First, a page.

Temuka Leader 23 February 1905 Page 3 MAGISTRATE’S COURT, GERALDINE. TUESDAY, FEBRUARY 21st. (Before Captain Wray, S.M.)
Mrs Sercombe, wife of Mr R. T. M Sercombe, Rokonui, Geraldine, deposed that she was driving into Geraldine on the day in question about, 2.30 p.m. with her daughter and a Christchurch lady. On turning the cross roads from Woodbury she saw a traction engine ahead, and noticed that it had stopped while someone was attending to the works. Presently it started to move on again and witness, when they got nearer, held her hand up as a signal to the driver to pull up and let them pass in safety. The driver must have seen the signal, but he kept the engine going. Witness pulled her horse up, but this had no effect on the driver, who only laughed when she threatened to lay an information against him. At Geraldine witness made enquiries as to the name of the driver and informed the police. The horse did not shy, but there was a danger of its turning and bolting back, if a child had been driving there might have been an accident in any case.
    Constable Rasmussen gave evidence that when he served the summons defendant stated that he saw the signal, but, as he did not think any thing was wrong he saw no need to stop or render assistance. Witness asked defendant if he had a man walking in front of the engine according to regulations and he said “No.” His Worship stated that as defendant failed to appear he was practically guilty of the offence, end he would fine him 10/ and costs 19/.

Temuka Leader 16 January 1913 Page 4
Mr R. T. W. Sercombe, Rokonui, wrote that he has sold the property lately occupied by Mr Mann, Gapes’ Valley, and the purchaser should pay the rates incurred since the purchase. No rates had been paid since the purchase.

1871 Census Sussex.
[Rupert Theodore Walton Sercombe1 b. 3 Jan 1861, d. 21 Mar 1944, child of Louisa Smith and Rupert Clampitt Sercombe.]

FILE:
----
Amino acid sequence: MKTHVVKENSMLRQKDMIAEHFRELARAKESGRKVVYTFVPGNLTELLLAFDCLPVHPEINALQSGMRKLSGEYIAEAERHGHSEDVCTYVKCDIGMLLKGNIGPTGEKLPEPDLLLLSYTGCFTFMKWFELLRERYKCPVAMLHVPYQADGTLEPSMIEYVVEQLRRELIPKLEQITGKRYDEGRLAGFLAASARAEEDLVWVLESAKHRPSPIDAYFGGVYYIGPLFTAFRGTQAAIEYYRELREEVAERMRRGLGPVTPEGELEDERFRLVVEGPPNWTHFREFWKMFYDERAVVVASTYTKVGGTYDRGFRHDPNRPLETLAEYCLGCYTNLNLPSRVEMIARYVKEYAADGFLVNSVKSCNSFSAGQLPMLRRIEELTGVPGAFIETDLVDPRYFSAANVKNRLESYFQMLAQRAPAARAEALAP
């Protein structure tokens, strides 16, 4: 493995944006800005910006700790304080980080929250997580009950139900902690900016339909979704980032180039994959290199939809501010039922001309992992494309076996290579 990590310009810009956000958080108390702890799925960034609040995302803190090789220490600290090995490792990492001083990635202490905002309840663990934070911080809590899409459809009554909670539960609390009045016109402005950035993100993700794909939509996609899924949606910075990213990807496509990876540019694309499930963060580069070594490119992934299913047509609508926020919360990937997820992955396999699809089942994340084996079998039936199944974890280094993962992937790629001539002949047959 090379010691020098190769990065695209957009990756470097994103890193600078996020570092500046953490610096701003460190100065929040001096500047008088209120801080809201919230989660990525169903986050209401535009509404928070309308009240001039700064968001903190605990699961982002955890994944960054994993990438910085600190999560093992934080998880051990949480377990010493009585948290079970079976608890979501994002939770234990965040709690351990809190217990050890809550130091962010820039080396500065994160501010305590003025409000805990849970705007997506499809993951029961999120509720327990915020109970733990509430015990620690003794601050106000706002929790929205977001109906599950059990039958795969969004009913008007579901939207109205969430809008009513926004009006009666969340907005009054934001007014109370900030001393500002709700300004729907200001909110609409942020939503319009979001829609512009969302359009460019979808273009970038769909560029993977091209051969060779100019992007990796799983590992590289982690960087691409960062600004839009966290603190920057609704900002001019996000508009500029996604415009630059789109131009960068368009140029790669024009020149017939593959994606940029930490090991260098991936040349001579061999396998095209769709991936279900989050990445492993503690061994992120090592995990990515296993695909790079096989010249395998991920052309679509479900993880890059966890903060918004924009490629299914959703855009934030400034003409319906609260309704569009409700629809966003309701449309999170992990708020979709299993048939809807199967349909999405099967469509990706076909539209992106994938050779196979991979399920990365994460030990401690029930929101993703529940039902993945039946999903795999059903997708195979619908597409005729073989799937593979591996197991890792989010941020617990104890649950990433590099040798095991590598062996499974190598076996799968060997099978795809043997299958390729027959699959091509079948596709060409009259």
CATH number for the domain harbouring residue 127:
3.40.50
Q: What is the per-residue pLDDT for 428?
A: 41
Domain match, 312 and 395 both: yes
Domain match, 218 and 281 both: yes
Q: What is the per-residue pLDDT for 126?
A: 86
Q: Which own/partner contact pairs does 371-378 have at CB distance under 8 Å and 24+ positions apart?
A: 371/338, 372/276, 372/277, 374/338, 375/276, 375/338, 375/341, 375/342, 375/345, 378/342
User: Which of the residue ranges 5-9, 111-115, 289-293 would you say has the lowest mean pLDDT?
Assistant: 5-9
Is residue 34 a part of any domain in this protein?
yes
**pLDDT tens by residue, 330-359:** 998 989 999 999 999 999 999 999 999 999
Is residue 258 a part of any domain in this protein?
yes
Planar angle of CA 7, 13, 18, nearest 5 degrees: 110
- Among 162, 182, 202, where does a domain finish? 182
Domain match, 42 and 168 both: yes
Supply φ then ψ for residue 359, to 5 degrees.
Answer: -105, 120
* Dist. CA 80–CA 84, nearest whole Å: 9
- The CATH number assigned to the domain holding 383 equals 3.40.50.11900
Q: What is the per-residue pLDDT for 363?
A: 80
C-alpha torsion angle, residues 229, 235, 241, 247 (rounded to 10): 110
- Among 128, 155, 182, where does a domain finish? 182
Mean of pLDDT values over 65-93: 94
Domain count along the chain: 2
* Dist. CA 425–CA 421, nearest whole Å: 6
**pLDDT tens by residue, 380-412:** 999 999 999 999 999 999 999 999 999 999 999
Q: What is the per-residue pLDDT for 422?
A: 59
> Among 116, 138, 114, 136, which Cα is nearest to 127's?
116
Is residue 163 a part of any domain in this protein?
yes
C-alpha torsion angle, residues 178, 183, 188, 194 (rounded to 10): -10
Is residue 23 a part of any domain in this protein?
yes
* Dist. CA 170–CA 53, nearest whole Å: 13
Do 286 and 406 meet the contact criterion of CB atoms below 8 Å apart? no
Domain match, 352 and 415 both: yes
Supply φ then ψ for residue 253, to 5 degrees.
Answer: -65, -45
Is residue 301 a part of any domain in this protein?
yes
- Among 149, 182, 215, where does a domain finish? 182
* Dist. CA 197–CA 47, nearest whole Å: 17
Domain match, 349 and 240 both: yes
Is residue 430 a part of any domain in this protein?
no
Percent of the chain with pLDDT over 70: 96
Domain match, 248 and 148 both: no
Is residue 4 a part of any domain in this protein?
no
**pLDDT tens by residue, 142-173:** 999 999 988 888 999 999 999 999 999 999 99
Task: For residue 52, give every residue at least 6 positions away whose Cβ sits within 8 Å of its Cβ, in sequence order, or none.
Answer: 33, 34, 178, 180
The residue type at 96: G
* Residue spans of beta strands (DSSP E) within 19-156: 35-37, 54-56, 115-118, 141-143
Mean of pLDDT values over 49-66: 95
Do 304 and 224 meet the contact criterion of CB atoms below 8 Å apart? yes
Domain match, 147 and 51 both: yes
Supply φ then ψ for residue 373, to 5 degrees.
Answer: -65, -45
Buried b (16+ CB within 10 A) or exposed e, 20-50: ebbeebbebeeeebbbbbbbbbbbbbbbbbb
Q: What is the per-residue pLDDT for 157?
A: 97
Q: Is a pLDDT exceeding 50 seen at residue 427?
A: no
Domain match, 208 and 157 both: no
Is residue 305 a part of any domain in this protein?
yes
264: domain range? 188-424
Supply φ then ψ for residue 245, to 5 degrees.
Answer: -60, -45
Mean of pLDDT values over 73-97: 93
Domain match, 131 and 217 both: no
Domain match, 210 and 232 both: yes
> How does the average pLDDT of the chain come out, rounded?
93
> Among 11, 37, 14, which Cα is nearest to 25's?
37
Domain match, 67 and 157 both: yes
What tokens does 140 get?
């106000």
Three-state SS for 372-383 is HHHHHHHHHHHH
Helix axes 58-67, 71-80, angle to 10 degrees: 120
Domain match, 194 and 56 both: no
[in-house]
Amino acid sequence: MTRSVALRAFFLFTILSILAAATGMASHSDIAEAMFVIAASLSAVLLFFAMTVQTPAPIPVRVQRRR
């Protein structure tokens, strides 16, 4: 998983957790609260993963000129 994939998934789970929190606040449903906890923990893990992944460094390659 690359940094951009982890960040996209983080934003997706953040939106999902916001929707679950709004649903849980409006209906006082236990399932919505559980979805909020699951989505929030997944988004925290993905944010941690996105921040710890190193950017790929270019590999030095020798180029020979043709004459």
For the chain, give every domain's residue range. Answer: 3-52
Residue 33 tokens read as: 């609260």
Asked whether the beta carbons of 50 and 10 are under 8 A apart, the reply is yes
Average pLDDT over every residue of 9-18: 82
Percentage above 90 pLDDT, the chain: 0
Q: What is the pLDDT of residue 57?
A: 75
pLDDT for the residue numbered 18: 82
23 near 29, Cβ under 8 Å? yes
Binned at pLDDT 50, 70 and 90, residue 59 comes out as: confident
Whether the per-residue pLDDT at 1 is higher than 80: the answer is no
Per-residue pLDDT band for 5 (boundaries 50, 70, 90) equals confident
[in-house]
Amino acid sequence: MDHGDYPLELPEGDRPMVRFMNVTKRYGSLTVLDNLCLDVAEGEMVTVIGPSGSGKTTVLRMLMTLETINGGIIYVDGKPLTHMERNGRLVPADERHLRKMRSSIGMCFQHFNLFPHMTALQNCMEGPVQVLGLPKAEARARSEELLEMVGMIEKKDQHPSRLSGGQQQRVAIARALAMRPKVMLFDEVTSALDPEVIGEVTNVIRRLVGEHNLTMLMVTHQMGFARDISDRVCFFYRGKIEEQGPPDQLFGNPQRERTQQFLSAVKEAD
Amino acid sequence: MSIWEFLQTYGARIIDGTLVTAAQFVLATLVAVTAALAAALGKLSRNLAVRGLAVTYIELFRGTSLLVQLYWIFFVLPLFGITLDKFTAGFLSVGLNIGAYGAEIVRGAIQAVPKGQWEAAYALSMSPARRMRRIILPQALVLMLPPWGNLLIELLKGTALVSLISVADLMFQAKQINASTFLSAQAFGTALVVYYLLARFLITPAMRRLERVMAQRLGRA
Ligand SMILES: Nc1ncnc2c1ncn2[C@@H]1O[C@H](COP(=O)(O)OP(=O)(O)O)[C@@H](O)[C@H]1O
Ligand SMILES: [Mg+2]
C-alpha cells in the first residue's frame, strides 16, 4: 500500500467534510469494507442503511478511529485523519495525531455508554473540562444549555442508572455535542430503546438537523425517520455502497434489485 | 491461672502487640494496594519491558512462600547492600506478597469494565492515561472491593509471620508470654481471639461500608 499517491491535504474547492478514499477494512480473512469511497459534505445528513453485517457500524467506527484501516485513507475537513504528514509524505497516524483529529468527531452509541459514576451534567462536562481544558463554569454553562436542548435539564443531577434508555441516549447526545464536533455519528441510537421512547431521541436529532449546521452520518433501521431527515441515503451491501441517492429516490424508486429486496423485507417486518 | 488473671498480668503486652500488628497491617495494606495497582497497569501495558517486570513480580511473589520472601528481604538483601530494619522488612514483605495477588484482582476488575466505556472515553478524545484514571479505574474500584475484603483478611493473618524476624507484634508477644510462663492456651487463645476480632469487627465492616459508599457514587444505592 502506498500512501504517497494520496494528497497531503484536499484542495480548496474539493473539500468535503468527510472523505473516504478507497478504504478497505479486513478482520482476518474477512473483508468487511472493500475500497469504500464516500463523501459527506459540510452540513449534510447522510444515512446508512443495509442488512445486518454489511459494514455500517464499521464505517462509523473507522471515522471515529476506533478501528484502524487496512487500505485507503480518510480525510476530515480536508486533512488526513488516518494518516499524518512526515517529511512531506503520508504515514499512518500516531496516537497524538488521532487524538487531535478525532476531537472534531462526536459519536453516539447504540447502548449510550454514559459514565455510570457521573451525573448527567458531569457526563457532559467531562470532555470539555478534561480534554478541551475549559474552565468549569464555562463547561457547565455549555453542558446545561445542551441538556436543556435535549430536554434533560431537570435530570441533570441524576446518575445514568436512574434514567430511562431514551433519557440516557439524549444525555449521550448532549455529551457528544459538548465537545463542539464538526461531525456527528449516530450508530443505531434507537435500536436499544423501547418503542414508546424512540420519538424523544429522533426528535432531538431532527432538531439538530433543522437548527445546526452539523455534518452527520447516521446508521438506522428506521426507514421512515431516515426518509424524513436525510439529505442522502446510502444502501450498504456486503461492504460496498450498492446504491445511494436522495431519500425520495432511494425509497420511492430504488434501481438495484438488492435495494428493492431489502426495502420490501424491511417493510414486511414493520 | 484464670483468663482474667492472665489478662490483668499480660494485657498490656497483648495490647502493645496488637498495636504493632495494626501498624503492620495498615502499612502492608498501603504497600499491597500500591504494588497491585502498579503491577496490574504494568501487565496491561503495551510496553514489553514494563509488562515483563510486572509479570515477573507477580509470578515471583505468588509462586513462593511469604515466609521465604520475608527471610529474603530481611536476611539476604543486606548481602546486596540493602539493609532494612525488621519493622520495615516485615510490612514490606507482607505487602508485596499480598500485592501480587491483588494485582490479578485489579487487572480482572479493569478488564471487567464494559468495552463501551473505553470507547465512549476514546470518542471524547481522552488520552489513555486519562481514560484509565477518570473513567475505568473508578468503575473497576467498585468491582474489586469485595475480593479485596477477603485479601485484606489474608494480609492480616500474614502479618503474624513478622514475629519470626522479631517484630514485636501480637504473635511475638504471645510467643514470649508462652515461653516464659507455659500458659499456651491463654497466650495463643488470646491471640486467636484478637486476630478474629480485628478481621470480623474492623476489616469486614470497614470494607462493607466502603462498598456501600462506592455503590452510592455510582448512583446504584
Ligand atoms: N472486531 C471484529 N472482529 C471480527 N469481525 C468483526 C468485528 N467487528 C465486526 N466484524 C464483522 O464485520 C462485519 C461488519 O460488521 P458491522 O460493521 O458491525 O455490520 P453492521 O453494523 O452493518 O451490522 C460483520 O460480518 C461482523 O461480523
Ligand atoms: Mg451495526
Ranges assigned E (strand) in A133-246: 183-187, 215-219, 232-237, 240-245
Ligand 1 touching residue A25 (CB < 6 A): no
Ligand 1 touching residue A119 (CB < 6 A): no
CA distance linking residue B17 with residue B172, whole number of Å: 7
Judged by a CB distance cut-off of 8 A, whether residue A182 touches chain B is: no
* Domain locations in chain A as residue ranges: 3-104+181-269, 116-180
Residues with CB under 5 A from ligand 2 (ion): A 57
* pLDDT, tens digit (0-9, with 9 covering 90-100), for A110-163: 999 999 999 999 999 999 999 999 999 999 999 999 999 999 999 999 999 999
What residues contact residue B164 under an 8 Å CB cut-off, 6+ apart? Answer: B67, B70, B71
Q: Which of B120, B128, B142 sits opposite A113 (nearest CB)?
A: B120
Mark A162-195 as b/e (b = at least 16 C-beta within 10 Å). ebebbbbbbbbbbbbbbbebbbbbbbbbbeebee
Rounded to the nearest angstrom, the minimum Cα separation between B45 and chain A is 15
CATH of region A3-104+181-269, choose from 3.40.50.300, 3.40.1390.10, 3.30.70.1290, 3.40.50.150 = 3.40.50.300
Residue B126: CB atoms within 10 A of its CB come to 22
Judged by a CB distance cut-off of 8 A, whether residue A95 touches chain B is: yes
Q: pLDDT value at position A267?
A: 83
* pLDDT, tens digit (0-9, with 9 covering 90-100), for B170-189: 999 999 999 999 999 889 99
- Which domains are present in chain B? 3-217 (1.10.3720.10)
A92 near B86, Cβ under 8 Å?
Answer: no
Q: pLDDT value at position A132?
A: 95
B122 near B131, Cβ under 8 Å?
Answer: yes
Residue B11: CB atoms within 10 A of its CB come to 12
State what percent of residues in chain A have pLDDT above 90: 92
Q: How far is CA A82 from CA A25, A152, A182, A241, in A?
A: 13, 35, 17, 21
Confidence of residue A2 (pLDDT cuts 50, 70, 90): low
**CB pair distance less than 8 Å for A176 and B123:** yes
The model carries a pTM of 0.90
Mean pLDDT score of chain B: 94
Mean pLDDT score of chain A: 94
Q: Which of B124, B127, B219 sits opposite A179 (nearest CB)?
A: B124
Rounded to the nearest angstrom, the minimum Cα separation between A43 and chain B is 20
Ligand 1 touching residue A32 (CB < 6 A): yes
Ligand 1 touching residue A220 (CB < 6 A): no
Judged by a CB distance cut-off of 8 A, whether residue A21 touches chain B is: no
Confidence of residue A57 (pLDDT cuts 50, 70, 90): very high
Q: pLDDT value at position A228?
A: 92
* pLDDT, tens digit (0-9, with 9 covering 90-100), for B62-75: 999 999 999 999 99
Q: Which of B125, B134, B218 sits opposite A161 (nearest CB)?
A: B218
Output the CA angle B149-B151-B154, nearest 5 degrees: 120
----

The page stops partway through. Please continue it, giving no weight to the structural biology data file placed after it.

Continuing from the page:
1 West Hill Terrace, Hastings (St. Leonards civil parish) RG10/1033, enum. dist. 16, fol. 94, p. 64, sched. 296
SERCOMBE 	Louisa 		Head W 	49y --- 	MDX London
SERCOMBE 	R.T.W. 		Son - 	10y Scholar 	DEV Exeter
SERCOMBE 	Gertrude 	SisL U 	39y --- 	DEV Exeter
WARREN 		Pauline 	Serv U 	34y Maid 	Germany 

Star 13 November 1894 Page 2 PASSENGERS BY THE GOTHIC.
The following are passengers for Lyttelton by the Gothic, which sailed from Plymouth on Oct. 6 :— Mr and Mrs R. T.W. Sercombe...

Map of Geraldine Flat. "Rokouni" is shown at the western end of Sercombe Rd. and McKeown Rd.corner. R.T.W.S. had an orchard at "Rokouni."

Francis "Frank" Walton Sercombe

Born 10 Nov. 1895 at Geraldine, NZ s/o Sophia Maria Eleanor and Rupert Theodore Walton Sercombe. Frank Sercombe died in 1979 in  Timaru.  Frank married Edith Roberts BEWS in 1936. Frank served in WW1 Service No. 50708 and his name is recorded as Francis Walton Sercombe. He was an Anglican. His name was drawn in the ballot, April 1917, for the 30th Reinforcements. Enlisted 5 May 1917 NZMR for the duration of the war. Embarked from Wellington 21 Feb. 1918. Disembarked Suez 4 April 1918. Got a septic finger 19 Oct. 1918. Highest rank Sgt. He was 6ft half inches. Weight 196lbs. Hair fair. Complexion fair. Eyes blue. Class A. Appendix scar. Service aboard 1 year and 206 days. In his father's will his Frank's name is written as Francis Walton Sercombe and also on his Oxford University record, marriage and death but his NZ birth is recorded as Francis Walter SERCOMBE.

Press 21 March 1936 Page 2 WEDDING  SERCOMBE—BEWS.